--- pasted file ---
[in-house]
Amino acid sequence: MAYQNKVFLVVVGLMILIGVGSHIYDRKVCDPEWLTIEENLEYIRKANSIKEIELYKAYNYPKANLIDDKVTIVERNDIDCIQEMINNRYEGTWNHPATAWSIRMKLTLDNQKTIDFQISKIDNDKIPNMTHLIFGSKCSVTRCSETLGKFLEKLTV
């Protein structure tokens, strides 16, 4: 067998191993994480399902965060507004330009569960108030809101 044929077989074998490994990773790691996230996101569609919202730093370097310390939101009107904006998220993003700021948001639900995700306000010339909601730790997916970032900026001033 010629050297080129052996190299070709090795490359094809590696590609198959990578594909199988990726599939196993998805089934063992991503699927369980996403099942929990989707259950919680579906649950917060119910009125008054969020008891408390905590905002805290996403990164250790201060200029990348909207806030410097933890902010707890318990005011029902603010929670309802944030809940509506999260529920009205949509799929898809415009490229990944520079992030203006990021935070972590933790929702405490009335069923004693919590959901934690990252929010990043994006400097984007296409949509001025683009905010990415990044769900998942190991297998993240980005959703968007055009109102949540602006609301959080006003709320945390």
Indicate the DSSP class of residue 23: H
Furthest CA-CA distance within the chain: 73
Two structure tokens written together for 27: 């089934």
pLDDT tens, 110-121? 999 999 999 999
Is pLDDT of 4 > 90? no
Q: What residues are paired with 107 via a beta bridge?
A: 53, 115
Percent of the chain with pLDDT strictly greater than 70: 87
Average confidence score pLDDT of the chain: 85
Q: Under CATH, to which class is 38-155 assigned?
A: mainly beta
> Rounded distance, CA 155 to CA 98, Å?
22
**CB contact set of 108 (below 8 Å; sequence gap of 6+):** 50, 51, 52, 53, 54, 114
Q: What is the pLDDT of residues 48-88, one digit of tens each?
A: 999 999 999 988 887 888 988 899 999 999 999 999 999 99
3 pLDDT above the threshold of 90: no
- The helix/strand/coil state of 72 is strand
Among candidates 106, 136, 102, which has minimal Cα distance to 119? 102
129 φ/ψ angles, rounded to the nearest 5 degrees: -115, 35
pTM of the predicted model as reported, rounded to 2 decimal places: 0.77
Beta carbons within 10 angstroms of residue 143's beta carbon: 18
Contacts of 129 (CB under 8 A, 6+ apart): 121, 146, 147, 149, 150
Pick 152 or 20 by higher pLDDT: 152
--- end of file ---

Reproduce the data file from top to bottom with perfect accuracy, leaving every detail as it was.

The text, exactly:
[in-house]
Amino acid sequence: MAYQNKVFLVVVGLMILIGVGSHIYDRKVCDPEWLTIEENLEYIRKANSIKEIELYKAYNYPKANLIDDKVTIVERNDIDCIQEMINNRYEGTWNHPATAWSIRMKLTLDNQKTIDFQISKIDNDKIPNMTHLIFGSKCSVTRCSETLGKFLEKLTV
């Protein structure tokens, strides 16, 4: 067998191993994480399902965060507004330009569960108030809101 044929077989074998490994990773790691996230996101569609919202730093370097310390939101009107904006998220993003700021948001639900995700306000010339909601730790997916970032900026001033 010629050297080129052996190299070709090795490359094809590696590609198959990578594909199988990726599939196993998805089934063992991503699927369980996403099942929990989707259950919680579906649950917060119910009125008054969020008891408390905590905002805290996403990164250790201060200029990348909207806030410097933890902010707890318990005011029902603010929670309802944030809940509506999260529920009205949509799929898809415009490229990944520079992030203006990021935070972590933790929702405490009335069923004693919590959901934690990252929010990043994006400097984007296409949509001025683009905010990415990044769900998942190991297998993240980005959703968007055009109102949540602006609301959080006003709320945390």
Indicate the DSSP class of residue 23: H
Furthest CA-CA distance within the chain: 73
Two structure tokens written together for 27: 């089934």
pLDDT tens, 110-121? 999 999 999 999
Is pLDDT of 4 > 90? no
Q: What residues are paired with 107 via a beta bridge?
A: 53, 115
Percent of the chain with pLDDT strictly greater than 70: 87
Average confidence score pLDDT of the chain: 85
Q: Under CATH, to which class is 38-155 assigned?
A: mainly beta
> Rounded distance, CA 155 to CA 98, Å?
22
**CB contact set of 108 (below 8 Å; sequence gap of 6+):** 50, 51, 52, 53, 54, 114
Q: What is the pLDDT of residues 48-88, one digit of tens each?
A: 999 999 999 988 887 888 988 899 999 999 999 999 999 99
3 pLDDT above the threshold of 90: no
- The helix/strand/coil state of 72 is strand
Among candidates 106, 136, 102, which has minimal Cα distance to 119? 102
129 φ/ψ angles, rounded to the nearest 5 degrees: -115, 35
pTM of the predicted model as reported, rounded to 2 decimal places: 0.77
Beta carbons within 10 angstroms of residue 143's beta carbon: 18
Contacts of 129 (CB under 8 A, 6+ apart): 121, 146, 147, 149, 150
Pick 152 or 20 by higher pLDDT: 152